Rory McIlroy, eyeing first major win in almost a decade, one shot back headed into Sunday

LOS ANGELES — Rory McIlroy is well aware of how long it’s been: 3,233 days, to be exact, since he’s last won a major championship.

That, for better or for worse, seems to be following McIlroy around Los Angeles Country Club like a cloud this week.

While that may be a bit distracting, McIlroy showed flashes in Saturday’s third round of what it takes to break that drought and take home another U.S. Open title. He strolled casually into the clubhouse in a plain black T-shirt early in the afternoon, and then confidently launched a 388-yard drive on the opening hole — the longest there of the day — which later set up a tap-in birdie putt to kick off his round. The often sparse crowd was on his side, too, and only grew throughout the afternoon.

While that level of play didn’t hold throughout the day, McIlroy was about as pleased as he could be when he walked off the 18th green. He’s just a shot back of the leaders headed into the final round of a major championship.

“Felt like I played really smart, solid golf,” McIlroy said. “Hit a lot of fairways, hit a lot of greens. Sort of felt somewhat stress free out there, if you can ever call golf at a U.S. Open stress free. Overall, yeah, pretty pleased with how today went, and feel like I’m in a good spot heading into tomorrow.”

After carding a pair of birdies in his first three holes Saturday, McIlroy’s round stalled out a bit. He had to scramble a bit to save par repeatedly over the next several holes, though he got through clean save for a pair of bogeys. He shined again at the 14th green, hitting a chip that was nestled right next to the edge of the 15th tee box to just 7 feet from the cup. That gave him another birdie, his last of the day.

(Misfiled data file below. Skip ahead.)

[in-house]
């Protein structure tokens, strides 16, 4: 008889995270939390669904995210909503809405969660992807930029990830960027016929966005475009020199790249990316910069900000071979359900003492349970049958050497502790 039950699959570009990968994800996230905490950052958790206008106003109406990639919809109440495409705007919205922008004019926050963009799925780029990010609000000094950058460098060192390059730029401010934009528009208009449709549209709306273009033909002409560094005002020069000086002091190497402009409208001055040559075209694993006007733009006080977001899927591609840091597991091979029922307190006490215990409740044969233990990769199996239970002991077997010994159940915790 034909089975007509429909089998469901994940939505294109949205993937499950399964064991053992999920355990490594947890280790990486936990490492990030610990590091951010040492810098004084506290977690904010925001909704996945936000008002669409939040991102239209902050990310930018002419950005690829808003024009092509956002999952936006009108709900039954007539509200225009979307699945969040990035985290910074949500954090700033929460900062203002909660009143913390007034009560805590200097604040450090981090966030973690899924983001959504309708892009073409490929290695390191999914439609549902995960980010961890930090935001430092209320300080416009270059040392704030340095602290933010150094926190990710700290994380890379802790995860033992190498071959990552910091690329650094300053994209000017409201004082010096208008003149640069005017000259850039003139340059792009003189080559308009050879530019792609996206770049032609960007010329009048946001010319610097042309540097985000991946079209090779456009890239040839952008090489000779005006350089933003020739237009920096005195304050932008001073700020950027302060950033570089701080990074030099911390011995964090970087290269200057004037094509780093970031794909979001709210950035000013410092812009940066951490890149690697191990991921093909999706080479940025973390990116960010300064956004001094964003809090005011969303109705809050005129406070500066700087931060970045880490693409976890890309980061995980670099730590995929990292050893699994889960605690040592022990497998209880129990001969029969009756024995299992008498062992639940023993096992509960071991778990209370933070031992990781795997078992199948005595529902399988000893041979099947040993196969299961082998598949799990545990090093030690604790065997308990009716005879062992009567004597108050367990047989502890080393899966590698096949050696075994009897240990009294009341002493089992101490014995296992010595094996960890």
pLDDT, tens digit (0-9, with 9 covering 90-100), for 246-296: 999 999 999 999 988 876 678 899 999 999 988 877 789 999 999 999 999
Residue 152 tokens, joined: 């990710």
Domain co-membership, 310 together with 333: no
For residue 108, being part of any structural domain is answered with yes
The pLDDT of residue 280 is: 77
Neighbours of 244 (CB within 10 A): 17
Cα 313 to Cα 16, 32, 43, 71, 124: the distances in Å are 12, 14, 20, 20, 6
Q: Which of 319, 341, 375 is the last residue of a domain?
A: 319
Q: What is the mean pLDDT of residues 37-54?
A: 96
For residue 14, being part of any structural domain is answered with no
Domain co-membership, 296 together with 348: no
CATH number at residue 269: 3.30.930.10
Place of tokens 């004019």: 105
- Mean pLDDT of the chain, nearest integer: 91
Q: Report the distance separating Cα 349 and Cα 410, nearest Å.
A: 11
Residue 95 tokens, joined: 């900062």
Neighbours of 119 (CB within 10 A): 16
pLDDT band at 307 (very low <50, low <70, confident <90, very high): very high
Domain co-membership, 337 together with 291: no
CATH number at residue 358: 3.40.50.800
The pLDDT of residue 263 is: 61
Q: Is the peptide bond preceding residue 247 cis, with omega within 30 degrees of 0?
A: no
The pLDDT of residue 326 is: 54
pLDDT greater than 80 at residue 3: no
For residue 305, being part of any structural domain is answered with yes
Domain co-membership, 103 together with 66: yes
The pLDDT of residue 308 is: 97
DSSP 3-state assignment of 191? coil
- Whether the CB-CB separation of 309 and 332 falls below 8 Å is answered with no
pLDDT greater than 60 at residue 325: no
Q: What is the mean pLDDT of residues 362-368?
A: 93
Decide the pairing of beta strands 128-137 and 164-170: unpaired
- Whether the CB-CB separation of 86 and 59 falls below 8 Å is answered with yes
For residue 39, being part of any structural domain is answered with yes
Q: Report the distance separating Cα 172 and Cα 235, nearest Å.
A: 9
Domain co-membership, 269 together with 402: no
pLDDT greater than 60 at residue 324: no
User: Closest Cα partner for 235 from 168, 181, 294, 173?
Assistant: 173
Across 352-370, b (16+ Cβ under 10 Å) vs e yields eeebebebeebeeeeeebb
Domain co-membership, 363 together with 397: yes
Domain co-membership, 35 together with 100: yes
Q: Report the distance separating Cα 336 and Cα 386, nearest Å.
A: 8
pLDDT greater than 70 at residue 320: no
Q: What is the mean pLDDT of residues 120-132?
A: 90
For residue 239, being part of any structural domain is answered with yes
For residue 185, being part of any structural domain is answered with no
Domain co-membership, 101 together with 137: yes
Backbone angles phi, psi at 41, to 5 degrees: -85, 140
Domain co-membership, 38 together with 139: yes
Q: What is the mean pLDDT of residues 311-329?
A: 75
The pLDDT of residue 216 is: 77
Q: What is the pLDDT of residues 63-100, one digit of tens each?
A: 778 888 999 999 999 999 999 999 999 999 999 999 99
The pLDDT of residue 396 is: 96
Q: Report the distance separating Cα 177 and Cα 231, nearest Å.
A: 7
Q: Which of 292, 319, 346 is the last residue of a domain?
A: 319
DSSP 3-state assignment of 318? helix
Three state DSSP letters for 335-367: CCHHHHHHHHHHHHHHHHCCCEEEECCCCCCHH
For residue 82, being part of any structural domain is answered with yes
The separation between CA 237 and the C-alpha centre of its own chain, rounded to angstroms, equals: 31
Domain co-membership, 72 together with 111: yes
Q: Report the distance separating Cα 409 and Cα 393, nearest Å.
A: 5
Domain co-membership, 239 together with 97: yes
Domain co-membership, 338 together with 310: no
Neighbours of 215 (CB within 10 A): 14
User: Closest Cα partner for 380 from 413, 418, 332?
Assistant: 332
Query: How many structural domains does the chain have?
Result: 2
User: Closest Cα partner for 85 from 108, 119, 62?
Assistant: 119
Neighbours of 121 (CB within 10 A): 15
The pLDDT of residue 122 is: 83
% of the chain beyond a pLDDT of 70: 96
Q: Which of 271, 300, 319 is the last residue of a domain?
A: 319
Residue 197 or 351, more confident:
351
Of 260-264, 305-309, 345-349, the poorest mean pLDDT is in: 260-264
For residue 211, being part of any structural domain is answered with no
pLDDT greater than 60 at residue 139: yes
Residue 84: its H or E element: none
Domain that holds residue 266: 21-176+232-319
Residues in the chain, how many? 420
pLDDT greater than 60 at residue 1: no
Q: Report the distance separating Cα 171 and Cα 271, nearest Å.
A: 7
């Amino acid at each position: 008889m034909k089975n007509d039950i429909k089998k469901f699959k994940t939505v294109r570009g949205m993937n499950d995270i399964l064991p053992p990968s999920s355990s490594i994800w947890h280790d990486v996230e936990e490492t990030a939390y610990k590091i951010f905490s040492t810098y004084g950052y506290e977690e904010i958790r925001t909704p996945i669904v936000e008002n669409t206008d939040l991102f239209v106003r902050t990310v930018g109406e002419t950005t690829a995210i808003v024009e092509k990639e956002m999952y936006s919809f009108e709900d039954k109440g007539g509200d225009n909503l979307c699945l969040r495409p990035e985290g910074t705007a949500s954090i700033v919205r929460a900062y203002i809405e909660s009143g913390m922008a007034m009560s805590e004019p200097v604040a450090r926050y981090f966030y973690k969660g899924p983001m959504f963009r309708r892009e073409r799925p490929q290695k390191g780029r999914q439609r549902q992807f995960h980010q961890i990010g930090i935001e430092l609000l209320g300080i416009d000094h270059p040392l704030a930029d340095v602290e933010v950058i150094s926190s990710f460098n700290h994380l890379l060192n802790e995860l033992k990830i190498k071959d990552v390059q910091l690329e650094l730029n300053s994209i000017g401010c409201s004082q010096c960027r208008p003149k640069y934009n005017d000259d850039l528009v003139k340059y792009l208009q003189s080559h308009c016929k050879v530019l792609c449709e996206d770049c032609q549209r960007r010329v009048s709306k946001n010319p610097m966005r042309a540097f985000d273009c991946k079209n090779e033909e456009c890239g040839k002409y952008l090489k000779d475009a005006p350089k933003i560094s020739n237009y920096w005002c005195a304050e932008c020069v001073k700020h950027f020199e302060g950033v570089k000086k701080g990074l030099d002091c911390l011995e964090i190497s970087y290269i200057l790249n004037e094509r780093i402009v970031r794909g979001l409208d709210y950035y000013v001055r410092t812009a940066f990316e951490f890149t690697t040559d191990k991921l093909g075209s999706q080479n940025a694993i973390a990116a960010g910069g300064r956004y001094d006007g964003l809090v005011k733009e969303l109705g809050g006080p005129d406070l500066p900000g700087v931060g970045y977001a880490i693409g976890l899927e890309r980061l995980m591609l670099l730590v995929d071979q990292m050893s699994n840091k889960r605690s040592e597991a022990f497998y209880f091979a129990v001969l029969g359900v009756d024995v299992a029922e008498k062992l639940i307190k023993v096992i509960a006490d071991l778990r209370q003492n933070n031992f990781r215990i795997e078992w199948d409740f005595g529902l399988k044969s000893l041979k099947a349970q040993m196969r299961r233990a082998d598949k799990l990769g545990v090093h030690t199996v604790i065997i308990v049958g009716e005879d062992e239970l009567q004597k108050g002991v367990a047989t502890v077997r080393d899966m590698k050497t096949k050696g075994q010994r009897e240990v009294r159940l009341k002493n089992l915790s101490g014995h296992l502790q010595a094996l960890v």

McIlroy finished with a 1-under 69, his worst round of the tournament so far, though it put him at 9-under on the week. There were plenty of birdie chances he left out there on the greens. The 18th was a perfect example, where a birdie putt from almost 30 feet out stopped about a foot left of the cup.

To McIlroy’s credit, nobody went low on Moving Day. Tom Kim posted the best round at 4-under, but only 17 golfers were under par on the day by the time the last group walked off the course. Wyndham Clark went 1-under, which brought him to 10-under on the week and into a share of the lead with Rickie Fowler, who went even on his round.

McIlroy’s last major championship wins came in 2014, when he won the British Open and PGA Championship. Sure, he’s accomplished more than most since then. He’s had dominant stretches on the course, and he became the de facto leader of the Tour amid its battle with LIV Golf. But another major win has eluded him time and time again. He nearly pulled it off last year at St. Andrews, but his lead at the British Open slipped away that Sunday.

Rory McIlroy

Rory McIlroy enters Sunday at Los Angeles Country Club a shot back from Wyndham Clark and Rickie Fowler. (Ezra Shaw/Getty Images)

McIlroy said Friday that he recently started pulling up highlights from that championship round in 2014 at Royal Liverpool, too. He didn’t explain exactly why he fell down that YouTube rabbit hole to view his 25-year-old self’s last major run, but he’s clearly looking for something.

If he’s going to finally break that major drought and pull off a win Sunday — something that would mean even more after the LIV Golf drama he has been fully entrenched — it’s going to take a bit more than he showed Saturday.

But between now and Sunday afternoon when he tees off with Scottie Scheffler in the penultimate group, McIlroy insists he isn’t going to change a thing. After all, it’s gotten him this far.

“It’s been such a long time since I’ve done it,” McIlroy said. “I’m going out there to try to execute a game plan, and I feel like over the last three days I’ve executed that game plan really, really well.

“I just need to do that for one more day.”